berk psychosis (Trayce), Thursday, 24 February 2011 20:17 (ten years ago) link

Here was my review:

"John Flansburgh, attempting to describe why "Sensurround" was left off of Factory Showroom: "For me, I think of every song as its own thing. I think it's interesting to see the shape of an album after it's put together; you can create a different listening experience depending on how you stack up the songs. The most discipline that we ever apply to an album sequence is avoiding like-sounding songs. If we have too many mid-tempo songs, we'll leave a couple of them off. Or if we have a better example of a song than another, we tend to leave the second-rate one off." Ignoring the fact that I find “Sensurround” to be perhaps the best song of the Factory Showroom era, I really do like the sentiment behind this statement. So it's a little disappointing to find them pretty much ignoring their old values - here comes The Spine, a disc that fills nearly the entire first half with mid-tempo rockers, of which only “Experimental Film” makes an impression. No, none of these songs are bad in isolation, but stacked one after another gives the album a really bland feel, completely atypical of what we’ve come to expect from these guys. The experimentation is toned down – there’s auto-tune on “Bastard Wants to Hit Me”, and one song that’s reminiscent of Flood but only about half as catchy (“Stalk of Wheat”). Other than that, they’ve almost fully transformed into your typical rock band, although the lyrical puzzles are still abound – Linnell sings about resignation from life (“Memo to Human Resources”), drug addiction (“Thunderbird”), and bizarre strings of cause-and-effect relationships (“Wearing a Raincoat”). The unfortunate thing is that the lyrics are the really the only interesting parts of them. I’m not exactly sure what happened here – maybe they purposely decided to write a more “adult” album to offset the kids’ one – but this group never really did the “mature adult rock” thing in the first place. The saving grace of the album is that side 2 has a few legitimately great tracks - “Museum of Idiots” gets by on a strong and punchy horn section, “Damn Good Times” is an energetic slice of power-pop with an accelerating guitar solo ending, and “Broke In Two” rides a wonky guitar line into the stratospheres of catchiness that this group was always capable of. But other than those tracks (and “Experimental Film”), there’s little on here you’ll want to hear again. So give it credit for those few great songs and making an album that’s at least listenable all the way through, but you know the band can do better than this. It's funny to hear them sing on "Stalk of Wheat" that they're "out of ideas", but less funny when it actually seems true."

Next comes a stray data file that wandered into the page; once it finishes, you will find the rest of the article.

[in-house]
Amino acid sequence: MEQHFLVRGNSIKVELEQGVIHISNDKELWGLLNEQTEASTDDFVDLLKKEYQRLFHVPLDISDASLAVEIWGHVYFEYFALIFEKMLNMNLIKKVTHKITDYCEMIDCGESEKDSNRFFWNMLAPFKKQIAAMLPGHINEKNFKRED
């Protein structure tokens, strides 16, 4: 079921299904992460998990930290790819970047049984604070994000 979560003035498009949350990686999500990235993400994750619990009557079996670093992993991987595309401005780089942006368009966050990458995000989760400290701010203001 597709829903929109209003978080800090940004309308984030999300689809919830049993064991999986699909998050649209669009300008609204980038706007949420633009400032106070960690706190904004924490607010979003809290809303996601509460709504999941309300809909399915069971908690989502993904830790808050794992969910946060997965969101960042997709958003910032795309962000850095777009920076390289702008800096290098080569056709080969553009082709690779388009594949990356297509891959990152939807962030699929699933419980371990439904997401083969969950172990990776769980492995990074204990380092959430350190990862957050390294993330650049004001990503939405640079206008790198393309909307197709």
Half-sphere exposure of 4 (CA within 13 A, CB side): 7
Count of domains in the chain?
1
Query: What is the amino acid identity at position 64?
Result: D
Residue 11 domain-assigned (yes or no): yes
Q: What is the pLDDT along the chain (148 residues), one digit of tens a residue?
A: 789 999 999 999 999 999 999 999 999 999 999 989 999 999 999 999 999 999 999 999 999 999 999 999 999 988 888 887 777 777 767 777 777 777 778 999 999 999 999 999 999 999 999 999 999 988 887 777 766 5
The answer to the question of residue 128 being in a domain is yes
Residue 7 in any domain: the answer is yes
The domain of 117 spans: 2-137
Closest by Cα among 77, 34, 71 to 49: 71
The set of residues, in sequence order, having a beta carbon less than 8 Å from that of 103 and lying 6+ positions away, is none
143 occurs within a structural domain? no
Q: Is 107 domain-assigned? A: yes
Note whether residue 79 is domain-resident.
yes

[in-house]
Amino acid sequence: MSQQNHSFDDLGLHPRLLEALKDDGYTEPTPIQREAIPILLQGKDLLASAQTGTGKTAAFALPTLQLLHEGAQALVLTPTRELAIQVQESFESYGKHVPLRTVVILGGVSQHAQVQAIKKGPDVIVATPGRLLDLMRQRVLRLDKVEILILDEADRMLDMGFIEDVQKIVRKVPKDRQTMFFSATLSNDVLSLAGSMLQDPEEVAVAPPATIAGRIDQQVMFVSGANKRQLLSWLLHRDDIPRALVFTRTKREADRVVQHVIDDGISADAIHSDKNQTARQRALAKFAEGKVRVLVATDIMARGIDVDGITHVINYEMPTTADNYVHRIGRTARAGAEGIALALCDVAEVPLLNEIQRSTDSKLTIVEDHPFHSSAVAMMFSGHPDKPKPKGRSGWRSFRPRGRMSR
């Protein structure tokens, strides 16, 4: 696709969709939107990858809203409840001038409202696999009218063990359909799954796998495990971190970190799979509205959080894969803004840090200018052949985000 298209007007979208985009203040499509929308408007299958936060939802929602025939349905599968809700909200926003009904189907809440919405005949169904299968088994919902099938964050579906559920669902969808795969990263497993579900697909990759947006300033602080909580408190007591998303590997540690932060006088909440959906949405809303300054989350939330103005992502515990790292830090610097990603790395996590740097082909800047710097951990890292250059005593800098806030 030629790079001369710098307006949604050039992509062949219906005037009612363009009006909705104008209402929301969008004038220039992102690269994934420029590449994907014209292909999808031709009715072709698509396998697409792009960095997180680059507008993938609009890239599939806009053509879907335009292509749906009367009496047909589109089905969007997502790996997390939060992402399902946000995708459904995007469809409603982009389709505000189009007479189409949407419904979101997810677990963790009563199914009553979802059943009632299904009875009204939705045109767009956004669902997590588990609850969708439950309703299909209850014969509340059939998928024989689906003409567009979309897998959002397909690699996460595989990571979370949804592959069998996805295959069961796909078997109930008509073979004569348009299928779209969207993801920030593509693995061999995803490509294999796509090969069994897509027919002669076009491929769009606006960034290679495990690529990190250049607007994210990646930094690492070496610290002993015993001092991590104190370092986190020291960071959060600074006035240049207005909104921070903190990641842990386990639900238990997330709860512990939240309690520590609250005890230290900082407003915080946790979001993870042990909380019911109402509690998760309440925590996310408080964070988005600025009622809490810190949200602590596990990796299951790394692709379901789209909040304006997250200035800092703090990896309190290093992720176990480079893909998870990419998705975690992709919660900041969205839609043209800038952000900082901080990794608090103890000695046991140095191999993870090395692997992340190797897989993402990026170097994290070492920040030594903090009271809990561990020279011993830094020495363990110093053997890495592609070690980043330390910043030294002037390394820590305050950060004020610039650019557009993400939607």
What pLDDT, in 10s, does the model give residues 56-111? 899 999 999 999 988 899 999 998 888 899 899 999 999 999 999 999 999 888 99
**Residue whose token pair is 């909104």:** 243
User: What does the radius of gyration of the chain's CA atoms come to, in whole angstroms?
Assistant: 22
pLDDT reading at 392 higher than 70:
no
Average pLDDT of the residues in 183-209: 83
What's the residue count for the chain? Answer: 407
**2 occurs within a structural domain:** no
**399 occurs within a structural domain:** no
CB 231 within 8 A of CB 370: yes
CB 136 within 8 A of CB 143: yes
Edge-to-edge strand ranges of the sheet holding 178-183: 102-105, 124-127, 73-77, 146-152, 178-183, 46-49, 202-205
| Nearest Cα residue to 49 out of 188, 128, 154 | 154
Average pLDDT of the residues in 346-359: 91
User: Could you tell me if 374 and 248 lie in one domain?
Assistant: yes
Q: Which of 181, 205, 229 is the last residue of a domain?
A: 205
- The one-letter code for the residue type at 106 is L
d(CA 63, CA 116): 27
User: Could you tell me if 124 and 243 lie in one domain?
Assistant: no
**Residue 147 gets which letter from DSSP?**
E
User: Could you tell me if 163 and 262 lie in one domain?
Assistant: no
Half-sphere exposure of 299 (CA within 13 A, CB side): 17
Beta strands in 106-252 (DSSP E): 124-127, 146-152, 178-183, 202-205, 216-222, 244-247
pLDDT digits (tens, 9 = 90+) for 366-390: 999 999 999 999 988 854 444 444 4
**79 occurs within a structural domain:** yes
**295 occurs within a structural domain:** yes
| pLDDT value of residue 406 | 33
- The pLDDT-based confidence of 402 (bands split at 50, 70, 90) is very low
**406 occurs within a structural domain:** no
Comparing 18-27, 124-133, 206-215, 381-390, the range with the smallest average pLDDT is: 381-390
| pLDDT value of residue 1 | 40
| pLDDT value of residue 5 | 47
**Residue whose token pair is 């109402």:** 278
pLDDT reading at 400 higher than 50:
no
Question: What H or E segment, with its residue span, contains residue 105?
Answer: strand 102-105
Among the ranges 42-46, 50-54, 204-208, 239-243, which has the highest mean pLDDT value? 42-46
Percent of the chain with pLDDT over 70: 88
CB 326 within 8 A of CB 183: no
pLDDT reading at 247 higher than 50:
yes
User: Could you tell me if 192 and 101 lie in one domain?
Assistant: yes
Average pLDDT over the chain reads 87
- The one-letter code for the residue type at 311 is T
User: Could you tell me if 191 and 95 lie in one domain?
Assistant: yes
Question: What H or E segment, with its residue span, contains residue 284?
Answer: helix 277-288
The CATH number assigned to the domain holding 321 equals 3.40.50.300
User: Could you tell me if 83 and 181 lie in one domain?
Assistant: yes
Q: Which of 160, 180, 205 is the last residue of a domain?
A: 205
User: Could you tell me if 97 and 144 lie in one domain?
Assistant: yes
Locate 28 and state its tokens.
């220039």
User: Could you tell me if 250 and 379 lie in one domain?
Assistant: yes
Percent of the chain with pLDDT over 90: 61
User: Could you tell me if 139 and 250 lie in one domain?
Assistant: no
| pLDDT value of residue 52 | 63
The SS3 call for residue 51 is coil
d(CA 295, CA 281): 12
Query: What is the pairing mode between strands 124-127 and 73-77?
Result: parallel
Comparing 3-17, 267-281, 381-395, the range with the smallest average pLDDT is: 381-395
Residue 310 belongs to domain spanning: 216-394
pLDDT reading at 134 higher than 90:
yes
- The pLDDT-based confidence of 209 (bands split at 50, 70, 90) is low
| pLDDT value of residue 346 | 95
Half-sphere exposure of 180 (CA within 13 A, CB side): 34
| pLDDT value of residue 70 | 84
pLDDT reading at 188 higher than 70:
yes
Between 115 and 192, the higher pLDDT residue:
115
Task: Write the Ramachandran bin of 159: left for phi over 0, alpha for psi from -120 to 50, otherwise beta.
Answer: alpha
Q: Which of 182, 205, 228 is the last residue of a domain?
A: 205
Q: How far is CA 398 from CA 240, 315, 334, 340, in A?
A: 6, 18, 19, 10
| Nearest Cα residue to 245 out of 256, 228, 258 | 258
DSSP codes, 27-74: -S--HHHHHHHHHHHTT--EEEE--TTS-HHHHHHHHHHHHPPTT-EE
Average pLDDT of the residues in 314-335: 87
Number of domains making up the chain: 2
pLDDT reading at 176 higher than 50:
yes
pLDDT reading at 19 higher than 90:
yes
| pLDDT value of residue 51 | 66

frogbs, Thursday, 24 February 2011 20:18 (ten years ago) link

I stil havent got round to hearing some recent albums. I love "Sensurround", its a great song.